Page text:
Though I'd heard a lot of good things about The Shrimp Shack, it wasn't until my visit last week that I discovered what I'd been missing! I ordered the Shrimp Taco ($5) and the Hot & Spicy Shrimp ($8). Man, was I surprised at the size of the shrimp!! These are just shy of jumbo and you get 13-15 pieces per pound. The taco has four of these, along with shredded cabbage, a creamy white sauce, and a side of zesty tomato salsa. This taco is more of a wrap or a burrito and seems much too big for a mere taco! It comes wrapped in foil - be sure you secure the bottom well to avoid leakage - and tastes so good you don't want to put it down until you're finished!!

The Hot & Spicy Shrimp was equally impressive; the shrimp are mixed with sauteed onions and glisten with butter and garlic, along with some donne peppers. These come with shells on (a $1 extra gets them shelled). However, true shrimp lovers know that the best way to eat shrimp is to suck the flavor right off the outside! This entree is served with two big scoops of steamed rice and some seasoned macaroni salad. Other menu items (all $8) include Shrimp with Oyster Sauce, Garlic & Butter Shrimp, Shrimp Stir Fry, Cajun Shrimp, and for $7, a Quesadilla. Take out is welcome, just call in advance. Go "Shrimpin' at the Shrimp Shack!"

Lone Star Steakhouse's Awesome Pork Chops

"It's the other 'white meat'"! If you don't like pork, then read no further. However, if you happen to like pork, then you'll not be disappointed in the quantity and quality of Lone Star Steakhouse's Grilled Pork Chops ($17.50). Never has a description been so truthful! - "Two tender juicy 8 oz. center cut chops, mesquite-grilled to perfection." Well, maybe they didn't tell the whole truth about the weight, they had to be bigger than 8 oz.! I could only eat one of these at the restaurant and took the other one home for a future dinner. When applied to meat, juicy and tender are words that really work for most people. I also think the word "thick" is an apt description of these flavorful chops. The mesquite grilling imparts a unique smoky flavor that elevates this pork closer to steak status! These go on my list as some of the best on the island.

I wanted to try a dessert and ordered the Fried Banana Crisp ($6.50). This has fresh banana slices rolled in a lumpia wrapper before they are fried to a crisp. This is served with Vanilla Cream. You'd think that this would be one of the more popular desserts, since the people on Guam love lumpia! Well, you're right, this is a popular dessert and is ordered quite frequently and is made to order. If you like lumpia or ice cream or cooked bananas, this is a perfect dessert choice.


Chef Peter's Backyard Kitchen Lunch Specials at Sam Choy's

If there's one thing for which the people of Guam should be grateful, it has to be the fact that Peter Duenas came back to Guam to share his culinary vision. Today's experience of tasting several of Chef Peter's newly-launched Backyard Kitchen Chamoru menu entrees reinforced that impression. The first dish I sampled was the Tinaktak Manok (spicy chicken in coconut sauce). According to the menu, it's supposed to have "ground chicken cooked with string beans, a little boonie pepper, cherry tomatoes and a splash of coconut milk all served over steamed rice." However, since there was a shortage of long beans and cherry tomatoes, Chef Peter improvised and made this glorious dish with bok choy and regular tomatoes, and I couldn't care less about the ingredient discrepancy! The sauce was curry-like in appearance and consistency, yet it was one of the most savory blends I've encountered anywhere not spicy hot, nor overly-spiced, spiced just right, maybe toned down by the coconut milk. While tinaktak is usually a beef dish, Chef Peter adapted it by using ground chicken. Served on a big bed of steamed rice, it sells for $10.95, which is a bargain!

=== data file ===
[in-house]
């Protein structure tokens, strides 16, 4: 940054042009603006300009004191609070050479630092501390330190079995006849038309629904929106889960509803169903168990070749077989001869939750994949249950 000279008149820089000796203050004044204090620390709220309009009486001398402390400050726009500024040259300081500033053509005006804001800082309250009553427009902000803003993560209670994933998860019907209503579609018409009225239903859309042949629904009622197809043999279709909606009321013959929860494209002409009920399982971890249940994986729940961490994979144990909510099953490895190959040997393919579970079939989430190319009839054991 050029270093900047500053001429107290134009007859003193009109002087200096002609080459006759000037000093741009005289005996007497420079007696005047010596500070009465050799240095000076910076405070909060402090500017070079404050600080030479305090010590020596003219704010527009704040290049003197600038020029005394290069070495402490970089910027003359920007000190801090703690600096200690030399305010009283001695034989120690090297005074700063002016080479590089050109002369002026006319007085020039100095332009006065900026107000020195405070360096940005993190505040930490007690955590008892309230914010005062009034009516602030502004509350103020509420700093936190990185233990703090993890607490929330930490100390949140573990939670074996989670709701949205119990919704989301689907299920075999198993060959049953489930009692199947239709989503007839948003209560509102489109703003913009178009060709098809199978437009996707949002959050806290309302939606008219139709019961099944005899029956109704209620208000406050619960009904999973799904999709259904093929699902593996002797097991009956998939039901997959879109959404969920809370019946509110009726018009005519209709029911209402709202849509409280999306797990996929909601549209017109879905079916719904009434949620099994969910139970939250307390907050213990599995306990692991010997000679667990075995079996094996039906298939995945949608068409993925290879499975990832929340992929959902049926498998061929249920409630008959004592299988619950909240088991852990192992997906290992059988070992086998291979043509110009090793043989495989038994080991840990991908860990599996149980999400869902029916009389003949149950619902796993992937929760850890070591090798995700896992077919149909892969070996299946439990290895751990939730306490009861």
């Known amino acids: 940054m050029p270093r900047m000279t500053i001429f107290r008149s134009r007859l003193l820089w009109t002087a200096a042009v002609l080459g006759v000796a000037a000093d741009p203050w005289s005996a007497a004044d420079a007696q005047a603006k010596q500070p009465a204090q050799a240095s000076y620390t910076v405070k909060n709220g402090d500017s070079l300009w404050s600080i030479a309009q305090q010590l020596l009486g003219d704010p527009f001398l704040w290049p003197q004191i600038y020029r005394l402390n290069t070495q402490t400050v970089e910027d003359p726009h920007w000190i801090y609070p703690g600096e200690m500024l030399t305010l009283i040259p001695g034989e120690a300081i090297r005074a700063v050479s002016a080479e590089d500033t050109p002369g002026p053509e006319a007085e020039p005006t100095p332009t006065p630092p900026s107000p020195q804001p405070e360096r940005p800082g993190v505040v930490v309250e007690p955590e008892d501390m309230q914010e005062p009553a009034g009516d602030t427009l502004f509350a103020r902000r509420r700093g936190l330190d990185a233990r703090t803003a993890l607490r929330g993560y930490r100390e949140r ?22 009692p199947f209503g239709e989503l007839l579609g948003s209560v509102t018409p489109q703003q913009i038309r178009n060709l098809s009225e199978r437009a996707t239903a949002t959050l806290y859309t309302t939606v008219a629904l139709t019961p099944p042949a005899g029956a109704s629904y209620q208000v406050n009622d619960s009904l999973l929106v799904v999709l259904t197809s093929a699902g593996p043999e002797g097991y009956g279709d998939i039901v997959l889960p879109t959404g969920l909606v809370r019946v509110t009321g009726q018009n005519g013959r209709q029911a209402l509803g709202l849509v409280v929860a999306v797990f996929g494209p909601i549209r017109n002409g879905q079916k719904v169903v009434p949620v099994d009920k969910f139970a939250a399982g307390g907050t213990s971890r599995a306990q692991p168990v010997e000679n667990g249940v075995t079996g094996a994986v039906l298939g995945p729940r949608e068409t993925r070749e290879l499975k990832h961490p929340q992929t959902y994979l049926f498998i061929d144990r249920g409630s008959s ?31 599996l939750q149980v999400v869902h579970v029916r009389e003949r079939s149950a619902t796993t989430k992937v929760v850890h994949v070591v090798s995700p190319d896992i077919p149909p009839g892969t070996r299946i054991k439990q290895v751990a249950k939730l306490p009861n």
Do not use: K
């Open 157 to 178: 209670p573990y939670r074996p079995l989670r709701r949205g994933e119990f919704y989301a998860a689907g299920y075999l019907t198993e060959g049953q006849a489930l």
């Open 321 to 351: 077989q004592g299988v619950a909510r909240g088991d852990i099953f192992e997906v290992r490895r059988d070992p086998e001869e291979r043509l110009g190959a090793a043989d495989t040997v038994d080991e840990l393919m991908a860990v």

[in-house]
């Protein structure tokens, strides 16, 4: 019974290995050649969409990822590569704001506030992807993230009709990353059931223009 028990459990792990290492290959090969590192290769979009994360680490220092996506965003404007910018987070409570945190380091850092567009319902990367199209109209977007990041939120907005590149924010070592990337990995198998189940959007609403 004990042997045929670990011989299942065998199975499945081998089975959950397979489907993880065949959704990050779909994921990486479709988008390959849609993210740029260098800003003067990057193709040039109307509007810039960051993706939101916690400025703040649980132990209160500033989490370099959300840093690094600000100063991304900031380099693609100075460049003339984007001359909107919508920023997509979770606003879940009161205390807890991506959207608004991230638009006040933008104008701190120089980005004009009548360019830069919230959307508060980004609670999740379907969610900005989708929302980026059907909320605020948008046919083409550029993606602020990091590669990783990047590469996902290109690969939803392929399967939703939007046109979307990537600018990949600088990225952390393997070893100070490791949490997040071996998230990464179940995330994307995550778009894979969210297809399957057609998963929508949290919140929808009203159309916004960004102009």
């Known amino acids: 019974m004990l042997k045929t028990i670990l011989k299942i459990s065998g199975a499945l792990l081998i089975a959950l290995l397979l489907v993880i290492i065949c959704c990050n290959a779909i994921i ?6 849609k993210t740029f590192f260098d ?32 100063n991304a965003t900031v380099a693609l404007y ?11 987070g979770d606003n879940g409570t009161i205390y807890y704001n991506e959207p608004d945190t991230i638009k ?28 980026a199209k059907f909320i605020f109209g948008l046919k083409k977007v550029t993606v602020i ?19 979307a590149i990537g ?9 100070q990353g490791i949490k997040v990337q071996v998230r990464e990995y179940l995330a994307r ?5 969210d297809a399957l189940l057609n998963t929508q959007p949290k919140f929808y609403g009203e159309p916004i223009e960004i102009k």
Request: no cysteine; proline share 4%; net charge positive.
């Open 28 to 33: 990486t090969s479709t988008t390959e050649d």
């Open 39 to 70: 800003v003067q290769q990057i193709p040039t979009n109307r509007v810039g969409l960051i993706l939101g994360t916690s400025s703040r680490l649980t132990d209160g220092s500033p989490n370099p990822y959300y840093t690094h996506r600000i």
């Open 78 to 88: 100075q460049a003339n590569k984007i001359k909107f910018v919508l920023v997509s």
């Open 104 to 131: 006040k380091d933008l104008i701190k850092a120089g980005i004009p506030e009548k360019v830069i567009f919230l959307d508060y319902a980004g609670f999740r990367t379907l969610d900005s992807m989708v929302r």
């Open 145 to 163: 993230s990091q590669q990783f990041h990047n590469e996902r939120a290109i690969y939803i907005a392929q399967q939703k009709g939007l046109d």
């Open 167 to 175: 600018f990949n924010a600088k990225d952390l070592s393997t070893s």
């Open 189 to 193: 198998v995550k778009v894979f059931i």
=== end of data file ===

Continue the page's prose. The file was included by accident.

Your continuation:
The other dish I ordered was the Tinala Katni or local-style dried beef, which uses Angus beef brisket sliced and cured with Chef Peter's secret spice rub, dried and pan-fried to order, and served with toasted Chamoru corn tortillas or steamed rice, finadene and finadene dinanche. This is a lot of meat for $12.95, and it comes piled on pretty high. The meat has lots of flavor, chewy and moist, and becomes addictive every time you dip it in finadene dinanche!

We also had the Kelaguen Uhang Yan Titiyas (shrimp kelaguen with tortillas, for $9.95). The menu describes this as "succulent tiger shrimp marinated with fresh lemon juice, salt, boonie peppers, and onions, served with Chamoru corn tortillas." The shrimp have a very fresh taste and texture, almost like they had been caught fresh that day. The Chamoru corn titiyas are salted and crispy from toasting or grilling. The effect is memorable, and everybody just likes eating these which I think are house-made.

Finally, we sampled the Tasahos Babui Ma Fohne (smoked pork) for $11.95. It looked so much like the Tinala Katni as it is cooked the same way. The only difference is that one is beef and the other is pork. It reminded me of pork belly when it's dried or smoke cured at an outdoor BBQ. To be honest, I could alternate between beef and pork and be perfectly happy, they both have distinct and delicious tastes. Check out the rest of Chef Peter's Backyard Kitchen offerings online. These are only available at lunch time!

Gof Mannge!